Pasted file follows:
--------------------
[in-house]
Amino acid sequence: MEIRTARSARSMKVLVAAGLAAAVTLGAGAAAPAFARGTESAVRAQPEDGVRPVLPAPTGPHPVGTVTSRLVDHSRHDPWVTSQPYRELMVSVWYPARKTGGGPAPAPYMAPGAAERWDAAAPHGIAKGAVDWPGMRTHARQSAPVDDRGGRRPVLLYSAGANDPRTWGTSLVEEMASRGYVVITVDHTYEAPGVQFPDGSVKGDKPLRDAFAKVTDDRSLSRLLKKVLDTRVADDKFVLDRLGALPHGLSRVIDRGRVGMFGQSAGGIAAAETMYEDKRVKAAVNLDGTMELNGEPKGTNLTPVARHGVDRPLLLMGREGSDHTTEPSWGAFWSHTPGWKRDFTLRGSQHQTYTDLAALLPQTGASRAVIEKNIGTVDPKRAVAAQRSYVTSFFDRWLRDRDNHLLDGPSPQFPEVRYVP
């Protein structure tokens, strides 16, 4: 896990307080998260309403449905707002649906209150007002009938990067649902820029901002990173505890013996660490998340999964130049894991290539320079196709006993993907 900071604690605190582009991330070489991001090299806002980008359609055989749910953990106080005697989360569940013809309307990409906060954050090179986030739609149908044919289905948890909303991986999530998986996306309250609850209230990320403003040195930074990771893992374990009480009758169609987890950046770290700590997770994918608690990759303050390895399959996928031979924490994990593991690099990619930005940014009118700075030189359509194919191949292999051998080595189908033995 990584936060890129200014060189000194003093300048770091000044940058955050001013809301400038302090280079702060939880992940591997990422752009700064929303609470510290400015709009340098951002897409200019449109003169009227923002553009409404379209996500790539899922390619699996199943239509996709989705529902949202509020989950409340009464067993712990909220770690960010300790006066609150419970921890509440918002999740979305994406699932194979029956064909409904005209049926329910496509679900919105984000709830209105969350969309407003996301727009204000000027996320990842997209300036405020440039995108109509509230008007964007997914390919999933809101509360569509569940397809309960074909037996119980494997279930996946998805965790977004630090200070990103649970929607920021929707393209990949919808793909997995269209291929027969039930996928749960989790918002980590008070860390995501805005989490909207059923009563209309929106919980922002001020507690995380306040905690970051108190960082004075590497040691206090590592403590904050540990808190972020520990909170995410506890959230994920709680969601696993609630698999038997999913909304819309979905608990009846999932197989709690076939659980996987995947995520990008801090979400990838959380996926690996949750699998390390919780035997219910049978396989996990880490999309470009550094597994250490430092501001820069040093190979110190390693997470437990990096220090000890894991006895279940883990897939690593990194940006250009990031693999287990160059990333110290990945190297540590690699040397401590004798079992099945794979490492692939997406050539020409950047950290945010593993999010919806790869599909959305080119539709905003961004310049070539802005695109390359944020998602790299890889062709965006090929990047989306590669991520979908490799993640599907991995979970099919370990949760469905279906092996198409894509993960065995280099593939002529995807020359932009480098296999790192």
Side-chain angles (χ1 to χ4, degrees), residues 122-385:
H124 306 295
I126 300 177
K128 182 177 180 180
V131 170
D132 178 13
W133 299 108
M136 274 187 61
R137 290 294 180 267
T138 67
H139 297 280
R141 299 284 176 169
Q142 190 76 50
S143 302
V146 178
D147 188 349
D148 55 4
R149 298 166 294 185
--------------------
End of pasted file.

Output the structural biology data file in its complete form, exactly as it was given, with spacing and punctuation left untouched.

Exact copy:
[in-house]
Amino acid sequence: MEIRTARSARSMKVLVAAGLAAAVTLGAGAAAPAFARGTESAVRAQPEDGVRPVLPAPTGPHPVGTVTSRLVDHSRHDPWVTSQPYRELMVSVWYPARKTGGGPAPAPYMAPGAAERWDAAAPHGIAKGAVDWPGMRTHARQSAPVDDRGGRRPVLLYSAGANDPRTWGTSLVEEMASRGYVVITVDHTYEAPGVQFPDGSVKGDKPLRDAFAKVTDDRSLSRLLKKVLDTRVADDKFVLDRLGALPHGLSRVIDRGRVGMFGQSAGGIAAAETMYEDKRVKAAVNLDGTMELNGEPKGTNLTPVARHGVDRPLLLMGREGSDHTTEPSWGAFWSHTPGWKRDFTLRGSQHQTYTDLAALLPQTGASRAVIEKNIGTVDPKRAVAAQRSYVTSFFDRWLRDRDNHLLDGPSPQFPEVRYVP
């Protein structure tokens, strides 16, 4: 896990307080998260309403449905707002649906209150007002009938990067649902820029901002990173505890013996660490998340999964130049894991290539320079196709006993993907 900071604690605190582009991330070489991001090299806002980008359609055989749910953990106080005697989360569940013809309307990409906060954050090179986030739609149908044919289905948890909303991986999530998986996306309250609850209230990320403003040195930074990771893992374990009480009758169609987890950046770290700590997770994918608690990759303050390895399959996928031979924490994990593991690099990619930005940014009118700075030189359509194919191949292999051998080595189908033995 990584936060890129200014060189000194003093300048770091000044940058955050001013809301400038302090280079702060939880992940591997990422752009700064929303609470510290400015709009340098951002897409200019449109003169009227923002553009409404379209996500790539899922390619699996199943239509996709989705529902949202509020989950409340009464067993712990909220770690960010300790006066609150419970921890509440918002999740979305994406699932194979029956064909409904005209049926329910496509679900919105984000709830209105969350969309407003996301727009204000000027996320990842997209300036405020440039995108109509509230008007964007997914390919999933809101509360569509569940397809309960074909037996119980494997279930996946998805965790977004630090200070990103649970929607920021929707393209990949919808793909997995269209291929027969039930996928749960989790918002980590008070860390995501805005989490909207059923009563209309929106919980922002001020507690995380306040905690970051108190960082004075590497040691206090590592403590904050540990808190972020520990909170995410506890959230994920709680969601696993609630698999038997999913909304819309979905608990009846999932197989709690076939659980996987995947995520990008801090979400990838959380996926690996949750699998390390919780035997219910049978396989996990880490999309470009550094597994250490430092501001820069040093190979110190390693997470437990990096220090000890894991006895279940883990897939690593990194940006250009990031693999287990160059990333110290990945190297540590690699040397401590004798079992099945794979490492692939997406050539020409950047950290945010593993999010919806790869599909959305080119539709905003961004310049070539802005695109390359944020998602790299890889062709965006090929990047989306590669991520979908490799993640599907991995979970099919370990949760469905279906092996198409894509993960065995280099593939002529995807020359932009480098296999790192």
Side-chain angles (χ1 to χ4, degrees), residues 122-385:
H124 306 295
I126 300 177
K128 182 177 180 180
V131 170
D132 178 13
W133 299 108
M136 274 187 61
R137 290 294 180 267
T138 67
H139 297 280
R141 299 284 176 169
Q142 190 76 50
S143 302
V146 178
D147 188 349
D148 55 4
R149 298 166 294 185